by: the Common Constitutionalist
There have been plenty of candidates on the Republican side who have advocated for a flat income tax. Most, if not all conservative Republicans have offered up some variation.
And given a choice between the current tax system and a flat income tax, most people, me included, would choose the flat tax.
A flat tax is a good gauge of just how conservative a candidate really is. After all, a progressive income tax is just that – progressive – and aren’t we, or shouldn’t we be done with big government progressives?
So when we hear Donald Trump say he’s a conservative who wants an additional tax levied on those wealthy Wallstreeters, Hedge Fund Managers and the like, we know he can’t be a conservative, as we define it. So, by extension, anyone who advocates for any sort of flat tax is automatically more conservative and less a big government progressive.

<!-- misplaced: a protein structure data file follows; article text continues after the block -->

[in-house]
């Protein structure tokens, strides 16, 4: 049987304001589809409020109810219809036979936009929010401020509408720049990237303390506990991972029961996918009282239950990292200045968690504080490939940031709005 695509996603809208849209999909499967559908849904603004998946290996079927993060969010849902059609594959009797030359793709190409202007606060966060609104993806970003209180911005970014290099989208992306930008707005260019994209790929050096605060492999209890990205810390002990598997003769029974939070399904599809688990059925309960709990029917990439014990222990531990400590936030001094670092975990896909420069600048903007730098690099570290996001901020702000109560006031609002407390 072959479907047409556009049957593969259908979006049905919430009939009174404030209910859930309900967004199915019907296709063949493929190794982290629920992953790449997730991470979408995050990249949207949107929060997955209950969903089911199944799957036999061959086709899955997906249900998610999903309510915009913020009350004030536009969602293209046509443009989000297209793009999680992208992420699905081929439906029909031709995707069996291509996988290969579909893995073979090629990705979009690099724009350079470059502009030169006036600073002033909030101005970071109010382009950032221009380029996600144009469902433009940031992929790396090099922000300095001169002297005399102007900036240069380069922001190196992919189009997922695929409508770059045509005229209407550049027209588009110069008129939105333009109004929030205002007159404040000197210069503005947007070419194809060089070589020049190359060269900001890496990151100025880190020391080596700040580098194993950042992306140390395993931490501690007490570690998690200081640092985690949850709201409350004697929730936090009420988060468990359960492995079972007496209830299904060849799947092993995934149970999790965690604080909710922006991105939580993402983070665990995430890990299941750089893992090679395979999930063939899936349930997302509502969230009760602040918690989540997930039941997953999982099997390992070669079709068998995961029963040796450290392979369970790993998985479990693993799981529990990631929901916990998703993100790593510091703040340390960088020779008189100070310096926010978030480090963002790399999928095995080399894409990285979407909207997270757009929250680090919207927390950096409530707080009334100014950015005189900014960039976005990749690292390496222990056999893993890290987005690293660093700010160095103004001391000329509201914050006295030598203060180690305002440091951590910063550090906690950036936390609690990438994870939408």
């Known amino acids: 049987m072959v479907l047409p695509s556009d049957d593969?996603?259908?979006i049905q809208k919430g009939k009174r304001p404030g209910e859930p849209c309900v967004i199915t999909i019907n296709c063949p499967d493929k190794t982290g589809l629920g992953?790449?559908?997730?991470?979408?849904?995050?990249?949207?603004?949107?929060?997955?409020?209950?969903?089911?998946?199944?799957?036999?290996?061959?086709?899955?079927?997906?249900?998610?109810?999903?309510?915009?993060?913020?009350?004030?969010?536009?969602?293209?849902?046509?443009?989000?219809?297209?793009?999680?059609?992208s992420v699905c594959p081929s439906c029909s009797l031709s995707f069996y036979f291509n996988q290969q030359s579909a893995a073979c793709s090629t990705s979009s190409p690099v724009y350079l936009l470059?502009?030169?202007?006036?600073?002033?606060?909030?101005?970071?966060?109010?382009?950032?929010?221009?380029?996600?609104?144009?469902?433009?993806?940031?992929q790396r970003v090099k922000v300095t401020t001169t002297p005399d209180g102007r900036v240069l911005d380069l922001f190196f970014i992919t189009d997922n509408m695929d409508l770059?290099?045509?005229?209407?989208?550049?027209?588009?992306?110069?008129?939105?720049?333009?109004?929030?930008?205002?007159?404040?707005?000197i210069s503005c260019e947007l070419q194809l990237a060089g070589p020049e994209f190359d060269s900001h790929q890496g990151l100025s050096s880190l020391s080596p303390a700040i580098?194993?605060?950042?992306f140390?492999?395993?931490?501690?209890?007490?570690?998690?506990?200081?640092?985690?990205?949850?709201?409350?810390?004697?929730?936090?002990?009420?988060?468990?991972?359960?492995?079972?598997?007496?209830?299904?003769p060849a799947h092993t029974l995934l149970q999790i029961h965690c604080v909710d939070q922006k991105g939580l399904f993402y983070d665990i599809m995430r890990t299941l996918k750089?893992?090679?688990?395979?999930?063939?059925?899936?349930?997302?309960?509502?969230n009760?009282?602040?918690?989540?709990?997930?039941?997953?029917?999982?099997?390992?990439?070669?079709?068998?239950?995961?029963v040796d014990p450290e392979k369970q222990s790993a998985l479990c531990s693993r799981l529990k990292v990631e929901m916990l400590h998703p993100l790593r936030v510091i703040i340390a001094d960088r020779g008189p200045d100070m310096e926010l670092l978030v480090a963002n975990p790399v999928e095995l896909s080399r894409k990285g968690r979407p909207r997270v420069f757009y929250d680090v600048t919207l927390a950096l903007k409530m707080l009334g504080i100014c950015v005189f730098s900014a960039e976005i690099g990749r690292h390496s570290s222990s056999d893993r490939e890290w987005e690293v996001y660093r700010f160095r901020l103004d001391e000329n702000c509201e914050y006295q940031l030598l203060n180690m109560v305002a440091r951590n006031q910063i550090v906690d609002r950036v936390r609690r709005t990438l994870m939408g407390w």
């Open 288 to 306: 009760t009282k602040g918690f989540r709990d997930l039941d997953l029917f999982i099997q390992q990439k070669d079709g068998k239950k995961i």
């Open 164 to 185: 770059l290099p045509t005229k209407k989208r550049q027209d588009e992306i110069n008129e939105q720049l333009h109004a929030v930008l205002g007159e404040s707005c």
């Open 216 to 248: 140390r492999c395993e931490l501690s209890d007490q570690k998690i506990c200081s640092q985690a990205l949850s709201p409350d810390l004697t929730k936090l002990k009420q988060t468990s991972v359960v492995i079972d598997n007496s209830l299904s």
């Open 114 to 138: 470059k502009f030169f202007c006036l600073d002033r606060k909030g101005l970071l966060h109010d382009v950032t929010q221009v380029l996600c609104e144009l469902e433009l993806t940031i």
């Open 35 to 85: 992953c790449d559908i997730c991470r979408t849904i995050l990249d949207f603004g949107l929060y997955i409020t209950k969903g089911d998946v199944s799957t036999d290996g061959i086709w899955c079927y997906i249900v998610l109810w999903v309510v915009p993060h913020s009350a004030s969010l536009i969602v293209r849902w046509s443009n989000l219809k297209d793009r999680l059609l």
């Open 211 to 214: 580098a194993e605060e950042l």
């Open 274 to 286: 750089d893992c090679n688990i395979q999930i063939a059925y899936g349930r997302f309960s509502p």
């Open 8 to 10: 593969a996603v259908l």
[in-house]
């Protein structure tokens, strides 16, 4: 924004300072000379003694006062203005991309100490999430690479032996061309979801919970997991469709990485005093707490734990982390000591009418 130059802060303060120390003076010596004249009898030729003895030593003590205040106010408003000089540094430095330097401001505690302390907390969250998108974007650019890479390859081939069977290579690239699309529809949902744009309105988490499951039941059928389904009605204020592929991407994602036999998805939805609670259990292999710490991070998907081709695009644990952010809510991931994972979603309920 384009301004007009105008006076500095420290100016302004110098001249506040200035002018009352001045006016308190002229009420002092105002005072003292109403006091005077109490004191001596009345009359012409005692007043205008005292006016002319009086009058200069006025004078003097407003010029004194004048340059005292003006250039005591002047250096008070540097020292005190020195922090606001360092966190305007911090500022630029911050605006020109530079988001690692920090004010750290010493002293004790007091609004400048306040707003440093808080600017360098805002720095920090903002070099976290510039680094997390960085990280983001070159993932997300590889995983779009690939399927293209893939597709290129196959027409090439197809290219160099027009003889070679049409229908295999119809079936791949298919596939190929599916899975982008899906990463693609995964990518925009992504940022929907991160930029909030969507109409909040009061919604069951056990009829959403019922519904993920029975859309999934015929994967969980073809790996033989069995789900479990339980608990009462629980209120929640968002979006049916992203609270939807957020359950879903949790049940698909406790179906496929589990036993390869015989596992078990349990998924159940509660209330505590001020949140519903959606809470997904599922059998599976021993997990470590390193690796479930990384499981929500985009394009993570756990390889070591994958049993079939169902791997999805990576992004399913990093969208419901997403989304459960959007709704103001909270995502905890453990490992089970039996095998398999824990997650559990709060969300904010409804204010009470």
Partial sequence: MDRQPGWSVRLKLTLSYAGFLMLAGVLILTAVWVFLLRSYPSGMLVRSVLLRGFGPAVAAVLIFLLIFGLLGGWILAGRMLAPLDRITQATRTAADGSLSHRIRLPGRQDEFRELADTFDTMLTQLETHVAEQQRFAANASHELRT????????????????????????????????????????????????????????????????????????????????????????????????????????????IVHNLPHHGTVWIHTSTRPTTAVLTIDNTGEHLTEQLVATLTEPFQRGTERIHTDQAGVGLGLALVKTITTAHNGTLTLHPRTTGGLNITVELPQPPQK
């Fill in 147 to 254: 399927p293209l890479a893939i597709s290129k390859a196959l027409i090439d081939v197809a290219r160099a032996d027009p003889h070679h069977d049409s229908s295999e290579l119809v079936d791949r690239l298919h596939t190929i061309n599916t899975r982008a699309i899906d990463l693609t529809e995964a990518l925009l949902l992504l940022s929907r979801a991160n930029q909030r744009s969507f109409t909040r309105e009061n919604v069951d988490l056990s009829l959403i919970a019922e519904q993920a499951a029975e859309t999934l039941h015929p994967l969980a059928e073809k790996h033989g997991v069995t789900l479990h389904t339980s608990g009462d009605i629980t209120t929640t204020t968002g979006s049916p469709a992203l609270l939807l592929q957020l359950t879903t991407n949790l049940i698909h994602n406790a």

One of the major reasons those who advocate for a flat tax is the incredibly complex and burdensome tax code, and the IRS itself. By instituting a flat tax we can rid ourselves of virtually the entire tax code, thus eliminating 90+% of the IRS.
As an added benefit, there would be no more need for lobbying firms in Washington. Lobbyists flood D.C. for a singular purpose. They are there to make back room deals – buy influence, favors and most importantly, tax exemptions. They pay millions of dollars every year to lobby politicians into writing carve outs for their clients, to lessen their tax burden. It’s a total racket. The flat tax would eliminate all of this.
So, it sounds like I’m firmly against Trump’s populist wealth and Hedge fund tax idea, and I am, but I’m also not in favor of a flat income tax. If we must be taxed, and we must, it should not be on our production, but on our consumption. read more